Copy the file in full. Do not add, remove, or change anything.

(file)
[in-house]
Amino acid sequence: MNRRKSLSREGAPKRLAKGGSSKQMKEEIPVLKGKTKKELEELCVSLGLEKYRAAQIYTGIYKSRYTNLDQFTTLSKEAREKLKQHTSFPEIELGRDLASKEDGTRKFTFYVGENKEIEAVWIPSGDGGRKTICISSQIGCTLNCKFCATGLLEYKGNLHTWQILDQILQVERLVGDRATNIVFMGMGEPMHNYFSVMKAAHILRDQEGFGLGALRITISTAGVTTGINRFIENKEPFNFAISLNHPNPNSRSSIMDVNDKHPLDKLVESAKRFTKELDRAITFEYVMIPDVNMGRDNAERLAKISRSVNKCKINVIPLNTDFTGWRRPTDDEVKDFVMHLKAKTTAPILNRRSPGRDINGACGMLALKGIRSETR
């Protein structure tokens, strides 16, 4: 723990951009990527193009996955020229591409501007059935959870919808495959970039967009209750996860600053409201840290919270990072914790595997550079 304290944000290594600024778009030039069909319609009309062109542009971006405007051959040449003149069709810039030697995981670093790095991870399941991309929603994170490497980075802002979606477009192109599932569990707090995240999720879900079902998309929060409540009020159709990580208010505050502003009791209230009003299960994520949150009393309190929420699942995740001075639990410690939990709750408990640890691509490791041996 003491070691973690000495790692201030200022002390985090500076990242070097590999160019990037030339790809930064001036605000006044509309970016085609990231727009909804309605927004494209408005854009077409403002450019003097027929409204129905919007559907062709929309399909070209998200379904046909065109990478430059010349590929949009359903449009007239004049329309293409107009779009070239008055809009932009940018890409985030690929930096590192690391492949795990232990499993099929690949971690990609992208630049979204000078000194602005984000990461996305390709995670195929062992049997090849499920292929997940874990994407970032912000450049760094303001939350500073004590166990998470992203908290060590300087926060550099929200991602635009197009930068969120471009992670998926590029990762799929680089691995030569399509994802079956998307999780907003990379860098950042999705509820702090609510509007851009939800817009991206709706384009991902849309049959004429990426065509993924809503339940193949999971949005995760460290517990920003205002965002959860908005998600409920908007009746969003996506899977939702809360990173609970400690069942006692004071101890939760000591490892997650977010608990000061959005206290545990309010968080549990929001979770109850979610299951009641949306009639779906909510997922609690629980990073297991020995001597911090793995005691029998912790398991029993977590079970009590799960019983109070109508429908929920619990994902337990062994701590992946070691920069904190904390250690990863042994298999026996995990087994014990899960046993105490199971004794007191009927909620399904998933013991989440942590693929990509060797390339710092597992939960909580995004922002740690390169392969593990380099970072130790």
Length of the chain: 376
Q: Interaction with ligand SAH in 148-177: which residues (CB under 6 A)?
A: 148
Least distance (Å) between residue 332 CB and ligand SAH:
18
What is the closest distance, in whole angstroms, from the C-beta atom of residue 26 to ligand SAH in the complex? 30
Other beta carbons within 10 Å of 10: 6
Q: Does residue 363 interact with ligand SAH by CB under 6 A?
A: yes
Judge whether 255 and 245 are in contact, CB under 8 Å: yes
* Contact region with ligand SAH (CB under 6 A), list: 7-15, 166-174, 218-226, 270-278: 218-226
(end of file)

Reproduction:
[in-house]
Amino acid sequence: MNRRKSLSREGAPKRLAKGGSSKQMKEEIPVLKGKTKKELEELCVSLGLEKYRAAQIYTGIYKSRYTNLDQFTTLSKEAREKLKQHTSFPEIELGRDLASKEDGTRKFTFYVGENKEIEAVWIPSGDGGRKTICISSQIGCTLNCKFCATGLLEYKGNLHTWQILDQILQVERLVGDRATNIVFMGMGEPMHNYFSVMKAAHILRDQEGFGLGALRITISTAGVTTGINRFIENKEPFNFAISLNHPNPNSRSSIMDVNDKHPLDKLVESAKRFTKELDRAITFEYVMIPDVNMGRDNAERLAKISRSVNKCKINVIPLNTDFTGWRRPTDDEVKDFVMHLKAKTTAPILNRRSPGRDINGACGMLALKGIRSETR
């Protein structure tokens, strides 16, 4: 723990951009990527193009996955020229591409501007059935959870919808495959970039967009209750996860600053409201840290919270990072914790595997550079 304290944000290594600024778009030039069909319609009309062109542009971006405007051959040449003149069709810039030697995981670093790095991870399941991309929603994170490497980075802002979606477009192109599932569990707090995240999720879900079902998309929060409540009020159709990580208010505050502003009791209230009003299960994520949150009393309190929420699942995740001075639990410690939990709750408990640890691509490791041996 003491070691973690000495790692201030200022002390985090500076990242070097590999160019990037030339790809930064001036605000006044509309970016085609990231727009909804309605927004494209408005854009077409403002450019003097027929409204129905919007559907062709929309399909070209998200379904046909065109990478430059010349590929949009359903449009007239004049329309293409107009779009070239008055809009932009940018890409985030690929930096590192690391492949795990232990499993099929690949971690990609992208630049979204000078000194602005984000990461996305390709995670195929062992049997090849499920292929997940874990994407970032912000450049760094303001939350500073004590166990998470992203908290060590300087926060550099929200991602635009197009930068969120471009992670998926590029990762799929680089691995030569399509994802079956998307999780907003990379860098950042999705509820702090609510509007851009939800817009991206709706384009991902849309049959004429990426065509993924809503339940193949999971949005995760460290517990920003205002965002959860908005998600409920908007009746969003996506899977939702809360990173609970400690069942006692004071101890939760000591490892997650977010608990000061959005206290545990309010968080549990929001979770109850979610299951009641949306009639779906909510997922609690629980990073297991020995001597911090793995005691029998912790398991029993977590079970009590799960019983109070109508429908929920619990994902337990062994701590992946070691920069904190904390250690990863042994298999026996995990087994014990899960046993105490199971004794007191009927909620399904998933013991989440942590693929990509060797390339710092597992939960909580995004922002740690390169392969593990380099970072130790």
Length of the chain: 376
Q: Interaction with ligand SAH in 148-177: which residues (CB under 6 A)?
A: 148
Least distance (Å) between residue 332 CB and ligand SAH:
18
What is the closest distance, in whole angstroms, from the C-beta atom of residue 26 to ligand SAH in the complex? 30
Other beta carbons within 10 Å of 10: 6
Q: Does residue 363 interact with ligand SAH by CB under 6 A?
A: yes
Judge whether 255 and 245 are in contact, CB under 8 Å: yes
* Contact region with ligand SAH (CB under 6 A), list: 7-15, 166-174, 218-226, 270-278: 218-226